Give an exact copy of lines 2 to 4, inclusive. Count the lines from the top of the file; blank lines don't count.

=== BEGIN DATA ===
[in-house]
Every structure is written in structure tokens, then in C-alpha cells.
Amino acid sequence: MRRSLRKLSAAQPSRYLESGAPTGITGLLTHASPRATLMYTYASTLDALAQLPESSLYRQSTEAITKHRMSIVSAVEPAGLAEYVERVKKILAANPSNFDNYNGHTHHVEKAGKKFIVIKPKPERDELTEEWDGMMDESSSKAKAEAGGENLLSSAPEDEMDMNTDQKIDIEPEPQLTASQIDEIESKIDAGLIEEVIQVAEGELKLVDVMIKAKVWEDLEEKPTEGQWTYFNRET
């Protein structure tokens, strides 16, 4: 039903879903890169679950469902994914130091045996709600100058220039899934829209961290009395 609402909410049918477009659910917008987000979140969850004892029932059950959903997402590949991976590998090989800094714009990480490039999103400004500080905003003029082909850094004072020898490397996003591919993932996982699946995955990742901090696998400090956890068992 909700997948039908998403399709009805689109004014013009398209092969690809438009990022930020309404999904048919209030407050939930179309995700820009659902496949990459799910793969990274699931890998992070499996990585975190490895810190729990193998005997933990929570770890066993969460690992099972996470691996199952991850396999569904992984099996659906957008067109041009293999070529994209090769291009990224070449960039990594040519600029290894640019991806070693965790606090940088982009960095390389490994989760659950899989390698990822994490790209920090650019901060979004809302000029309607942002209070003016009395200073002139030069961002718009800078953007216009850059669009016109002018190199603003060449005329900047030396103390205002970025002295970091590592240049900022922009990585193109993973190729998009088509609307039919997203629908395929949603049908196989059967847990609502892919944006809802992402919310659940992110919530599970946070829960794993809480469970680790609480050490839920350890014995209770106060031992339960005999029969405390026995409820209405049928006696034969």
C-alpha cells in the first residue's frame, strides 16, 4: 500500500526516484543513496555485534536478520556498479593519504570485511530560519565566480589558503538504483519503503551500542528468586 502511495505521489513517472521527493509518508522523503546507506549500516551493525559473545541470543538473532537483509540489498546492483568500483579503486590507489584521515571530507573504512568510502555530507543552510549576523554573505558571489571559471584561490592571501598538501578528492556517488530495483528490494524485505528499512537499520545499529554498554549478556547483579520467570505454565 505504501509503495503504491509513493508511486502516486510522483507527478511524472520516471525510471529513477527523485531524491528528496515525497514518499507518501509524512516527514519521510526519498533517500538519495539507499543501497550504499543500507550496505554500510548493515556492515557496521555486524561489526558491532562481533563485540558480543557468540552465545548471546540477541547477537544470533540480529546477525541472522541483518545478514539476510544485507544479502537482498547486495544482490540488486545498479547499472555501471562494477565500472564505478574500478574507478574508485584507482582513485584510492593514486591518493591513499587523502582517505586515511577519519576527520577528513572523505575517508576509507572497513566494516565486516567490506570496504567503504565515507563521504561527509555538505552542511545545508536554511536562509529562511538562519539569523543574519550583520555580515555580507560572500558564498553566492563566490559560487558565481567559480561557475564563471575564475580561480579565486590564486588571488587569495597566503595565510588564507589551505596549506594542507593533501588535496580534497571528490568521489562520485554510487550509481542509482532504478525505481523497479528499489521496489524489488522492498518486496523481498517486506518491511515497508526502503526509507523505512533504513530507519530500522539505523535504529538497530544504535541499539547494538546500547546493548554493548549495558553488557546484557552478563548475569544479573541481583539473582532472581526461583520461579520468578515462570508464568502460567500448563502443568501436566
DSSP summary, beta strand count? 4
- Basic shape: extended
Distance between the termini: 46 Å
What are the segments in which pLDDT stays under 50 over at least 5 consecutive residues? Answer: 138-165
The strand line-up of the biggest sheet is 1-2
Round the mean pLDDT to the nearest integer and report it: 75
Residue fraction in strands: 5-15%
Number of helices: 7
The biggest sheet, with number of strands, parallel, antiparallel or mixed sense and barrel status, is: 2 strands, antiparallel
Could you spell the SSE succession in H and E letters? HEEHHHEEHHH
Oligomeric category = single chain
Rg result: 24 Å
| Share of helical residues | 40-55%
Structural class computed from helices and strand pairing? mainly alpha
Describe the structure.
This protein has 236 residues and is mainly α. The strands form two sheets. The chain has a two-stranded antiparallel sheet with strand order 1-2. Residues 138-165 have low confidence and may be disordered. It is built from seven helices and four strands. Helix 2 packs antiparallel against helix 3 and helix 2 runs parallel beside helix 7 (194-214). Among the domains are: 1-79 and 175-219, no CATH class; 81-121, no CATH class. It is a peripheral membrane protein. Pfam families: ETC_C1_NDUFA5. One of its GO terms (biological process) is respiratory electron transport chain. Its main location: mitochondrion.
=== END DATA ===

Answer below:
Every structure is written in structure tokens, then in C-alpha cells.
Amino acid sequence: MRRSLRKLSAAQPSRYLESGAPTGITGLLTHASPRATLMYTYASTLDALAQLPESSLYRQSTEAITKHRMSIVSAVEPAGLAEYVERVKKILAANPSNFDNYNGHTHHVEKAGKKFIVIKPKPERDELTEEWDGMMDESSSKAKAEAGGENLLSSAPEDEMDMNTDQKIDIEPEPQLTASQIDEIESKIDAGLIEEVIQVAEGELKLVDVMIKAKVWEDLEEKPTEGQWTYFNRET
């Protein structure tokens, strides 16, 4: 039903879903890169679950469902994914130091045996709600100058220039899934829209961290009395 609402909410049918477009659910917008987000979140969850004892029932059950959903997402590949991976590998090989800094714009990480490039999103400004500080905003003029082909850094004072020898490397996003591919993932996982699946995955990742901090696998400090956890068992 909700997948039908998403399709009805689109004014013009398209092969690809438009990022930020309404999904048919209030407050939930179309995700820009659902496949990459799910793969990274699931890998992070499996990585975190490895810190729990193998005997933990929570770890066993969460690992099972996470691996199952991850396999569904992984099996659906957008067109041009293999070529994209090769291009990224070449960039990594040519600029290894640019991806070693965790606090940088982009960095390389490994989760659950899989390698990822994490790209920090650019901060979004809302000029309607942002209070003016009395200073002139030069961002718009800078953007216009850059669009016109002018190199603003060449005329900047030396103390205002970025002295970091590592240049900022922009990585193109993973190729998009088509609307039919997203629908395929949603049908196989059967847990609502892919944006809802992402919310659940992110919530599970946070829960794993809480469970680790609480050490839920350890014995209770106060031992339960005999029969405390026995409820209405049928006696034969």